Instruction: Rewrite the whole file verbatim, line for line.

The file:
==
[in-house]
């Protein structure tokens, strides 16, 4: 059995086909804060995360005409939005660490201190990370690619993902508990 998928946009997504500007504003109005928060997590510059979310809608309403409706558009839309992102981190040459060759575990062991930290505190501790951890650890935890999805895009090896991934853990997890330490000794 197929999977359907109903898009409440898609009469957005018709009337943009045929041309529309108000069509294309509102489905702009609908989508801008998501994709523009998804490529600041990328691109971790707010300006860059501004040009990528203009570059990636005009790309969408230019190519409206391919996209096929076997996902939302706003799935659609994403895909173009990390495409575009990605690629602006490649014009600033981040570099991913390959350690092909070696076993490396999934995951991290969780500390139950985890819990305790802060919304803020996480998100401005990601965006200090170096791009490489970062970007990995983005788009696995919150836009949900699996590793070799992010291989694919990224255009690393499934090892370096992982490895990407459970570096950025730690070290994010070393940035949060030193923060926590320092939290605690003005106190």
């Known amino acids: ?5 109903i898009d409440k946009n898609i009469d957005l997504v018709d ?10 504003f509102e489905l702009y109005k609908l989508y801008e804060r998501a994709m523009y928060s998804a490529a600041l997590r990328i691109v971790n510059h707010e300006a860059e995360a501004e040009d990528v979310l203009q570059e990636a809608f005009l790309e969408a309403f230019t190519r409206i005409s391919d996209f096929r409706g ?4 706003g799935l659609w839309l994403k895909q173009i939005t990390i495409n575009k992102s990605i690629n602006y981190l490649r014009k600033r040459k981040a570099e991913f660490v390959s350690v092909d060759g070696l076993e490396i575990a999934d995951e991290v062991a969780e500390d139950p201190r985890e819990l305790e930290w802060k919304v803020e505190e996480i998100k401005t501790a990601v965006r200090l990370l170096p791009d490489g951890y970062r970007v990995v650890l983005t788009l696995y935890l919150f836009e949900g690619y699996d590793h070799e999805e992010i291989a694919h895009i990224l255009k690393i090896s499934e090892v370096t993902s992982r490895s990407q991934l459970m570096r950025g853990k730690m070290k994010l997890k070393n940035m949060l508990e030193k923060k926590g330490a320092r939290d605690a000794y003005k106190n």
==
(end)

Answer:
[in-house]
């Protein structure tokens, strides 16, 4: 059995086909804060995360005409939005660490201190990370690619993902508990 998928946009997504500007504003109005928060997590510059979310809608309403409706558009839309992102981190040459060759575990062991930290505190501790951890650890935890999805895009090896991934853990997890330490000794 197929999977359907109903898009409440898609009469957005018709009337943009045929041309529309108000069509294309509102489905702009609908989508801008998501994709523009998804490529600041990328691109971790707010300006860059501004040009990528203009570059990636005009790309969408230019190519409206391919996209096929076997996902939302706003799935659609994403895909173009990390495409575009990605690629602006490649014009600033981040570099991913390959350690092909070696076993490396999934995951991290969780500390139950985890819990305790802060919304803020996480998100401005990601965006200090170096791009490489970062970007990995983005788009696995919150836009949900699996590793070799992010291989694919990224255009690393499934090892370096992982490895990407459970570096950025730690070290994010070393940035949060030193923060926590320092939290605690003005106190």
């Known amino acids: ?5 109903i898009d409440k946009n898609i009469d957005l997504v018709d ?10 504003f509102e489905l702009y109005k609908l989508y801008e804060r998501a994709m523009y928060s998804a490529a600041l997590r990328i691109v971790n510059h707010e300006a860059e995360a501004e040009d990528v979310l203009q570059e990636a809608f005009l790309e969408a309403f230019t190519r409206i005409s391919d996209f096929r409706g ?4 706003g799935l659609w839309l994403k895909q173009i939005t990390i495409n575009k992102s990605i690629n602006y981190l490649r014009k600033r040459k981040a570099e991913f660490v390959s350690v092909d060759g070696l076993e490396i575990a999934d995951e991290v062991a969780e500390d139950p201190r985890e819990l305790e930290w802060k919304v803020e505190e996480i998100k401005t501790a990601v965006r200090l990370l170096p791009d490489g951890y970062r970007v990995v650890l983005t788009l696995y935890l919150f836009e949900g690619y699996d590793h070799e999805e992010i291989a694919h895009i990224l255009k690393i090896s499934e090892v370096t993902s992982r490895s990407q991934l459970m570096r950025g853990k730690m070290k994010l997890k070393n940035m949060l508990e030193k923060k926590g330490a320092r939290d605690a000794y003005k106190n």